08
Jan 2015
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HSCI

Could we fight obesity with a pill?

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As the new year rolls out and people struggle to keep their resolutions to shed excess pounds, it’s good to know stem cell scientists are on the case.

In December, researchers from Harvard Stem Cell Institute (HSCI) showed they are one step closer to creating a pill that could help control obesity.

Obesity occurs when there is an accumulation of body fat in the form of white fat cells. In most cases, it is caused by an excessive intake of calories and inadequate exercise to burn them off. About 6 million Canadians are living with obesity, which can lead to Type 2 diabetes, high blood pressure, heart disease, stroke and many other severe health conditions.

As described in the report published by Nature Cell Biology, the HSCI team identified two compounds that can turn “bad” white fat cells into “good” brown fat cells. Brown fat cells  burn excess calories and reduce the number of white fat cells in order to generate heat.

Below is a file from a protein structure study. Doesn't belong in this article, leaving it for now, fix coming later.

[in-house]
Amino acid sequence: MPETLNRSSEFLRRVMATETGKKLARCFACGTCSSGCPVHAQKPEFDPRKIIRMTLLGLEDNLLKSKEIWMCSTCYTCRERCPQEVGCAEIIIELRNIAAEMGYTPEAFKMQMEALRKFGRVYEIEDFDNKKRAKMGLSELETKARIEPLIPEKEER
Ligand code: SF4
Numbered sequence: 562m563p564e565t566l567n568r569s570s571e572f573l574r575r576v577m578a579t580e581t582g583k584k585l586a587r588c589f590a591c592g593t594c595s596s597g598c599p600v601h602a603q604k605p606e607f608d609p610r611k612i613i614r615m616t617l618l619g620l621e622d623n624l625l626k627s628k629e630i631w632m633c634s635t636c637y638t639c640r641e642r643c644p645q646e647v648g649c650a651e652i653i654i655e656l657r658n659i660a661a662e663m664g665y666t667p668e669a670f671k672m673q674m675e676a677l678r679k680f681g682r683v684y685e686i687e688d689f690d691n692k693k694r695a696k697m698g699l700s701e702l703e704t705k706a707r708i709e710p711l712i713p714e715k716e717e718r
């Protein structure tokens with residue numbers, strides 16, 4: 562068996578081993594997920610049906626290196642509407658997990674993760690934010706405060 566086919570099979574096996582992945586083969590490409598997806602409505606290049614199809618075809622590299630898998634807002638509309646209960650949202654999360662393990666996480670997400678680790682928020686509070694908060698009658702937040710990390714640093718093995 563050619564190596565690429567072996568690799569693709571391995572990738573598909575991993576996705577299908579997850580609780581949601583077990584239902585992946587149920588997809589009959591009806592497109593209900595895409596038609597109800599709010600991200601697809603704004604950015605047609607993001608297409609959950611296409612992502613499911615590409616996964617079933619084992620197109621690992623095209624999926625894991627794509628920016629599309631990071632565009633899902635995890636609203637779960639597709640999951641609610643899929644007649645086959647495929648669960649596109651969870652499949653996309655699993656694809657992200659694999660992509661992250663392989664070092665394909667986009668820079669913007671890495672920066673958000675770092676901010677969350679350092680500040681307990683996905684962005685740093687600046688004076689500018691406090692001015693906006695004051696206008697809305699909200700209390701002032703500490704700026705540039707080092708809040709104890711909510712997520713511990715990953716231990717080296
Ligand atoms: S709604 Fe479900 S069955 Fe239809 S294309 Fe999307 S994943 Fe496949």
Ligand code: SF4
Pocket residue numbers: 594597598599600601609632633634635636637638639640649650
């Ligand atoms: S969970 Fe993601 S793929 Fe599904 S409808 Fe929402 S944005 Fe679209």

While the discovery of the compounds is promising, there could be side effects on the immune system. Dr. Chad Cowan of Harvard’s Department of Stem Cell and Regenerative Biology, warned that “if you administered the compounds for a long time, the person taking them could become immune-compromised.” That would make them more prone to infections.

In addition, as Dr. Cowan explained in CTV’s report, “the pill will never replace a healthy lifestyle, but can definitely benefit the patient population at risk.” The pill, in fact, would not be able to bring the benefits of physical exercise.

The transition from this discovery to a safe clinical treatment will likely take many years. However, “a decade of hard, basic science work is paying off,” said to Dr. Cowan,  “The good news/bad news is that science is slow. We thought that working with stem cells would lead to the discovery of new drugs and therapies, and now it’s really starting to happen.”

Discover how the Canadian Stem Cell Strategy & Action Plan will accelerate the development of stem cell treatments for several diseases over the next decade. Click here to find out more.

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